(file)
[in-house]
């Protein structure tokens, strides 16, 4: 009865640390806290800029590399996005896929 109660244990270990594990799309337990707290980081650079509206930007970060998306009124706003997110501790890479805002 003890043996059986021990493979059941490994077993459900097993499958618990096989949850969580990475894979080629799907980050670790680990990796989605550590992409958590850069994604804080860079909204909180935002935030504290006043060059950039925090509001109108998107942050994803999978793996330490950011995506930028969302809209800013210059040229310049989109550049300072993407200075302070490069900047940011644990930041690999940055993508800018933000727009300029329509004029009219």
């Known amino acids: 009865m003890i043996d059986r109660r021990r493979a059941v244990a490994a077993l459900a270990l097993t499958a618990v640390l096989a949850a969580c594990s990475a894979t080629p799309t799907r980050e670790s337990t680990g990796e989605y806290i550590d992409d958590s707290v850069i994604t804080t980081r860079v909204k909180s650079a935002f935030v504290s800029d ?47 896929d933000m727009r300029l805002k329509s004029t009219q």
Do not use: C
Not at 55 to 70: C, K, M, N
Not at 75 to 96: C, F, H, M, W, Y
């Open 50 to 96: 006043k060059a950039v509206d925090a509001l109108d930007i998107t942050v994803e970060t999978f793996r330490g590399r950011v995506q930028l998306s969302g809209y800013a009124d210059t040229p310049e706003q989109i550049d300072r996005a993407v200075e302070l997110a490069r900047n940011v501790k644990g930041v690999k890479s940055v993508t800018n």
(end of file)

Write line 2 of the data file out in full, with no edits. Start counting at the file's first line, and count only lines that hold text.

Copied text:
């Protein structure tokens, strides 16, 4: 009865640390806290800029590399996005896929 109660244990270990594990799309337990707290980081650079509206930007970060998306009124706003997110501790890479805002 003890043996059986021990493979059941490994077993459900097993499958618990096989949850969580990475894979080629799907980050670790680990990796989605550590992409958590850069994604804080860079909204909180935002935030504290006043060059950039925090509001109108998107942050994803999978793996330490950011995506930028969302809209800013210059040229310049989109550049300072993407200075302070490069900047940011644990930041690999940055993508800018933000727009300029329509004029009219």